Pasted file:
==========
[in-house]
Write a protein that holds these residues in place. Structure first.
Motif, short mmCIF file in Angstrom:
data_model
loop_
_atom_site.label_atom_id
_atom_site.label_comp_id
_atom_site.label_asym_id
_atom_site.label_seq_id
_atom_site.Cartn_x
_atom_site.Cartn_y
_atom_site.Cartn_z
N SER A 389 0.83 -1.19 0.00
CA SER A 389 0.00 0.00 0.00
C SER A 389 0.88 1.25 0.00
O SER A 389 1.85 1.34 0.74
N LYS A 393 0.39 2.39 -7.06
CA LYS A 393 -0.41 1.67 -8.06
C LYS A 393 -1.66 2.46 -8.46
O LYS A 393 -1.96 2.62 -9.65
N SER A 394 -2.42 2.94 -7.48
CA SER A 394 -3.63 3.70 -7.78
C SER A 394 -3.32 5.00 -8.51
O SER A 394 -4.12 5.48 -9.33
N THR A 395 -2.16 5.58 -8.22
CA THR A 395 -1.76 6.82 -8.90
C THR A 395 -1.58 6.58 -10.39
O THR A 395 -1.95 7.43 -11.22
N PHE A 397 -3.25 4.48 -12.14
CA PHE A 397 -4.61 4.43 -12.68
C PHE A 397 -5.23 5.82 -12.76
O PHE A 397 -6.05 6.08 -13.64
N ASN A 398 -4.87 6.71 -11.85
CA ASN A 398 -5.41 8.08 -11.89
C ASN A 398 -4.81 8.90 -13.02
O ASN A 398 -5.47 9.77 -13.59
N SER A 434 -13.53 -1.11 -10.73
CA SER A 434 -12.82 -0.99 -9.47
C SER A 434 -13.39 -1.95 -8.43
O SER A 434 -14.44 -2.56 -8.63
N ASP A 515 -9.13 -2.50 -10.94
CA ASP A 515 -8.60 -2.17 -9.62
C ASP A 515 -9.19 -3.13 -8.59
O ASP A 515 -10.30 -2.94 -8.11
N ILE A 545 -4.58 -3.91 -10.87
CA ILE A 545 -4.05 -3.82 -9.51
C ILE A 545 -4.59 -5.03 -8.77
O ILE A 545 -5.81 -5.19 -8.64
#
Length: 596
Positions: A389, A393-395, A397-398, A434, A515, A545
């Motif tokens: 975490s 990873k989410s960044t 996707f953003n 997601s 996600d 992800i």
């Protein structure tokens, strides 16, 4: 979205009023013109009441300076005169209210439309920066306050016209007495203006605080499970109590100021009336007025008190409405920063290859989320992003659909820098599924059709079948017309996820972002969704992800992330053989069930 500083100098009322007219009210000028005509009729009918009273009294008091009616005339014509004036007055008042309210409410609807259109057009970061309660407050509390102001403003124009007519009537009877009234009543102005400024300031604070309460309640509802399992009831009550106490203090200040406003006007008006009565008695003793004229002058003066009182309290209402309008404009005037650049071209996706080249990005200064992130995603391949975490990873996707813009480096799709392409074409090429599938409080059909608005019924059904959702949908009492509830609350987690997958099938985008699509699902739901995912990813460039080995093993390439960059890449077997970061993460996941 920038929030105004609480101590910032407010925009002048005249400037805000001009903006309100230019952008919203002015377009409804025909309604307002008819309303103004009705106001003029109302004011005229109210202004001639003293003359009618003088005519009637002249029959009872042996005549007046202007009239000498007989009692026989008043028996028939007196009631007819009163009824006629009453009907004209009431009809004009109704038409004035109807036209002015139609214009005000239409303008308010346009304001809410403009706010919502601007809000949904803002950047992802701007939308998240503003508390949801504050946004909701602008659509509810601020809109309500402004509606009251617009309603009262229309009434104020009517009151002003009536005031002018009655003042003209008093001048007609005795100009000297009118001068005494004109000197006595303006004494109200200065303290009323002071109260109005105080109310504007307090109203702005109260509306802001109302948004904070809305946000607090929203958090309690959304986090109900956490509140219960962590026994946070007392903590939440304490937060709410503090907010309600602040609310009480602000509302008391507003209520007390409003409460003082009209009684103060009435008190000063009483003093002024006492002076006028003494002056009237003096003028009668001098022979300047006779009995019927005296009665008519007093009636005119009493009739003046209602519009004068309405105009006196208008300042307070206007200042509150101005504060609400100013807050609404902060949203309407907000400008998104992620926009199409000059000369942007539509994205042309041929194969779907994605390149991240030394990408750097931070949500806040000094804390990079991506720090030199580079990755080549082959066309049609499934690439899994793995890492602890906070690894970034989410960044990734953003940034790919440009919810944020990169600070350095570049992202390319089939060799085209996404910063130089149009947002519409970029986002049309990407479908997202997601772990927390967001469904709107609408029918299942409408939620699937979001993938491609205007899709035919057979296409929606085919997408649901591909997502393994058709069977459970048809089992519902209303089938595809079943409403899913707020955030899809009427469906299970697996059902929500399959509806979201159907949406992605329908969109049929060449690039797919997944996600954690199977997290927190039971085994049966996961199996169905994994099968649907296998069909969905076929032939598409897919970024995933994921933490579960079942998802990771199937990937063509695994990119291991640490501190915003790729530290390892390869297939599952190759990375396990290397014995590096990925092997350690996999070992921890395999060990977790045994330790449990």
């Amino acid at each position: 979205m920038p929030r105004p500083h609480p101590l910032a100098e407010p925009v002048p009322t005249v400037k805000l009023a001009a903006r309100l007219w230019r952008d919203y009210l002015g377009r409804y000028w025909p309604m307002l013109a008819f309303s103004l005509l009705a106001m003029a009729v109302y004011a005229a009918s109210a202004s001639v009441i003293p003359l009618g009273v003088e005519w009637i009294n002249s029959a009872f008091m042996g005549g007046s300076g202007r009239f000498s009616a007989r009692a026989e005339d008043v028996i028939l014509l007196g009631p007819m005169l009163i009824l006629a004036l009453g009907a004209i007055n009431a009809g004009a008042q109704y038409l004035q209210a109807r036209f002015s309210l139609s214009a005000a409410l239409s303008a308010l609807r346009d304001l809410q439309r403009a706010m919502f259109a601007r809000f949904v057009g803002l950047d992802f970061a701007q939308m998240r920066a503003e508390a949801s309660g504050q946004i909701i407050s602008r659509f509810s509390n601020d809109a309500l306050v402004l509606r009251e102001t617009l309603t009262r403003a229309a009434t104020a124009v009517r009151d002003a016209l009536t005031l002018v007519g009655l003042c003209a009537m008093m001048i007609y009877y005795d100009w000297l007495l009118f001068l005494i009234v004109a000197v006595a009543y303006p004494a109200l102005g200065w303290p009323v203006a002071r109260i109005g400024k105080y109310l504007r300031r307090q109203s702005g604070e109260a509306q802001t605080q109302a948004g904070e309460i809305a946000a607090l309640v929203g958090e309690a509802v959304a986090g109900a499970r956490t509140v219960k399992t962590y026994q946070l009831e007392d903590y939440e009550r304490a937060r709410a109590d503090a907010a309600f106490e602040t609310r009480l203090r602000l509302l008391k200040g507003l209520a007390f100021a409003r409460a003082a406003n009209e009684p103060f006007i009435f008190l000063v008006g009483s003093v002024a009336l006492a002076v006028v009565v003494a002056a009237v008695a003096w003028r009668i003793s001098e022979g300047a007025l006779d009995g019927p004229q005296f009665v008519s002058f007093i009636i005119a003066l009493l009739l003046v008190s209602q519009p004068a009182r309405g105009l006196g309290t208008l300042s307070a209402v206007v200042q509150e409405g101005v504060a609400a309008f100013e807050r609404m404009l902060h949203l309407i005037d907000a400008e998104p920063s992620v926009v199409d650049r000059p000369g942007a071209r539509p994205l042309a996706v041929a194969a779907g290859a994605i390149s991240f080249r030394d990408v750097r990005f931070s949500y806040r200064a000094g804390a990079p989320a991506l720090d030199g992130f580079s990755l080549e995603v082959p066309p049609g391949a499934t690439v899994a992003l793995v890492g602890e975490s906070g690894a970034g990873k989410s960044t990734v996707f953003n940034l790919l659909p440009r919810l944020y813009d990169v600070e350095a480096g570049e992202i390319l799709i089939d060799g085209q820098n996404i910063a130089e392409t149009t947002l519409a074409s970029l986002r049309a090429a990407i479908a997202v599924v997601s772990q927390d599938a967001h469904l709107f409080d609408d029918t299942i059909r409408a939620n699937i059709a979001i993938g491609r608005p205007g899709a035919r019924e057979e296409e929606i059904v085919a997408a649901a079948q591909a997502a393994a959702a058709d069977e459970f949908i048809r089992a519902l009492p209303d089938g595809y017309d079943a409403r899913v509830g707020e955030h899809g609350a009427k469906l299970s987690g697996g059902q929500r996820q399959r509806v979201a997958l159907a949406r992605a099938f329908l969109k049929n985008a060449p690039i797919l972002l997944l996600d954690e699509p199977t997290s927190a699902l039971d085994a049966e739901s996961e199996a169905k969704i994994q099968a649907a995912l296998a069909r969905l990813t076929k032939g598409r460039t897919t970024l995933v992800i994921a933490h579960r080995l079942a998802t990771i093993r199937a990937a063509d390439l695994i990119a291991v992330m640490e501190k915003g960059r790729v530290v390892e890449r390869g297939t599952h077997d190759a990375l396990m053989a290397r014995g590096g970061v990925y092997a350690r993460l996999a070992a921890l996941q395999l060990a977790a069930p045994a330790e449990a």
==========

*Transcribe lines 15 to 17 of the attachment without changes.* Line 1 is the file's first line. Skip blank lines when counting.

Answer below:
C SER A 389 0.88 1.25 0.00
O SER A 389 1.85 1.34 0.74
N LYS A 393 0.39 2.39 -7.06